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From the Bucket Men To Twon- Brass (3) By Patrick Naagbanton

January 24, 2014

“Manager, joke apart, tell your oga (referring to manager’s boss) that we need to do our street party too”, he said, “I am the chief security officer of this Nembe Waterside. I was here when you gave five thousand naira to a slave, that cultist and korofo for that matter. Is it because I didn’t show any magical pen? For peace to reign give me our five thousand naira”.

“Manager, joke apart, tell your oga (referring to manager’s boss) that we need to do our street party too”, he said, “I am the chief security officer of this Nembe Waterside. I was here when you gave five thousand naira to a slave, that cultist and korofo for that matter. Is it because I didn’t show any magical pen? For peace to reign give me our five thousand naira”.

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I walked closer to him, looked at his eyes raptly and said, “Na waah for you oooooo. Are you not part of the strike chief arrangement? I was here when you were virtually kneeling down, shouting “Strike Chief” I said sarcastically, while flashing my eyes like his. 

“Me? Not me. You didn’t see well. You have problems with your eyes. Who are you sef. Do you know me?” He barked like a hurt dog, pointing his fingers angrily in my direction.  

“Yes, I know you too well. We used to be friends and I also know the guy you were calling strike chief too”, I said it, while smiling. In the Icelanders world, a “Strike Chief” coordinates attacks and counter-attacks on rival cult groups. His violent mood changed into a friendly and peaceful one. I walked out of the boat to his side and shook his hands like a fellow gangster leader. And drew his hands to my side and went to a corner there to discuss briefly. I mentioned the name of the Krikakiri man and said that he is a member of the Icelander and is on the run from his community because of youth crisis. As a writer for a publication of the Washington, US- based Jamestown Foundation, then, writing under the pen name, Bestman Wellington, I had met and interviewed him around late two thousand and seven in his community.  Few months later, when I was hired as a researcher for the Geneva, Switzerland-based Small Arms Survey, working towards producing their “Occasional Paper” on the deltaic armed groups and arms, I met him again. Then, I told the man that he hails from Nembe group in Bayelsa State. I mentioned the name of his village. I said I first saw him at “Colombia” in the Port Harcourt town area around early nineteen ninety-four.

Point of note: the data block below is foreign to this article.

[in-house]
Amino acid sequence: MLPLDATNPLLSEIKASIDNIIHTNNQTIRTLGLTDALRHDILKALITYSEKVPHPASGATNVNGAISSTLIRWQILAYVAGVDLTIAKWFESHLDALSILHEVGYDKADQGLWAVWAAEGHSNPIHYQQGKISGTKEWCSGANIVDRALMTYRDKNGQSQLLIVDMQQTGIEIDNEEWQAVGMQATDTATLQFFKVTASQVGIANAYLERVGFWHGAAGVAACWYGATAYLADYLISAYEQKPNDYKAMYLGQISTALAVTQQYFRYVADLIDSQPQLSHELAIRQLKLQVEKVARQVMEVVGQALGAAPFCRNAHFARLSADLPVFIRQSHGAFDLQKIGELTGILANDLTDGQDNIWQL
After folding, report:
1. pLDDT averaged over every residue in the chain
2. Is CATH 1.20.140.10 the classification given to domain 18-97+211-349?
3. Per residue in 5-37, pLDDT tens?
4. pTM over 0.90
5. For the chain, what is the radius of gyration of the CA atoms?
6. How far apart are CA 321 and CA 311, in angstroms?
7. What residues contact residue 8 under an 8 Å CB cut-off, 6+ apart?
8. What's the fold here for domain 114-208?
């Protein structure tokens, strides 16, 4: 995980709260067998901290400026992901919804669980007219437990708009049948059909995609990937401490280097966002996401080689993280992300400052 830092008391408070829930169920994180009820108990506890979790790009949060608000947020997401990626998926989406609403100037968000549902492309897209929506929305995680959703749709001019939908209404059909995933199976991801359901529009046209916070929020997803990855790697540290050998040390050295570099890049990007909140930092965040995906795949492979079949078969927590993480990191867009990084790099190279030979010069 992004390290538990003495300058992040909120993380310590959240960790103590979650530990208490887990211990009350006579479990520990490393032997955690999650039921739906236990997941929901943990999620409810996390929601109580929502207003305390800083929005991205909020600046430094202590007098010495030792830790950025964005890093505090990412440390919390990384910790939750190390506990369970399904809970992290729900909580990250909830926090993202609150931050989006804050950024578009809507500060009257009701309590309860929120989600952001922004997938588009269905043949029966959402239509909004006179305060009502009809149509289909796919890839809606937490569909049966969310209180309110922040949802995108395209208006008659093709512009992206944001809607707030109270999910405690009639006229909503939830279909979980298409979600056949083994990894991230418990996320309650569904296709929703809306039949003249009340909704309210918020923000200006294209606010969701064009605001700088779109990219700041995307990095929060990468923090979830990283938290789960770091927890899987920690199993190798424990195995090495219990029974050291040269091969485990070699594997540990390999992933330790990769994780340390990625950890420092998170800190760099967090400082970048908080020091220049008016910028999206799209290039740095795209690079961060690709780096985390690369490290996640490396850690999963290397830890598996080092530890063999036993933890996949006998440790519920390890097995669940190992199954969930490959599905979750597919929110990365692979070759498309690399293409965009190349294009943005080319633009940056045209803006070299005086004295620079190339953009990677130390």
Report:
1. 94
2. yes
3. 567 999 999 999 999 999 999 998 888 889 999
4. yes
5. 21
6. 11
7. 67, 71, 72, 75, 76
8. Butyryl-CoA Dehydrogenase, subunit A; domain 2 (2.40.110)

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I was staying at an apartment on Victoria Street, south of Port Harcourt city, and few meters to “Colombia”. What was later renamed “Colombia” was first called “No.1 Field” located opposite No. 21 Bende Street where garri and other foodstuffs were sold. “Colombia” was a collection of market stands. Very early in the morning and evenings, when the market had not started or closed, drug peddlers, petty drug users and other criminals, including prostitutes (Colombians) used the place. They took over the small market and converted it into Colombia and edged the market users away. Colombia was a major hub of drug consumption and peddling and crime. I was not a Colombian, but an observer. The Port Harcourt’s Colombia took its name from Colombia, the country in the South American continent infamous for illicit drug trade and organized crimes. Around the Colombian axis, were Romeo (located at No. 19 and 20 Victoria Street), a disreputable massive brothel and lots of liquor joints here and there. Part of the Romeo night club buildings (No. 20 Victoria Street) has been turned into apartment for tenants, while parts (No.19 Victoria Street) are still occupied by sex workers. Children and youngsters who grew up around the Colombian environs and other ghettoes in the township were affected by the life there.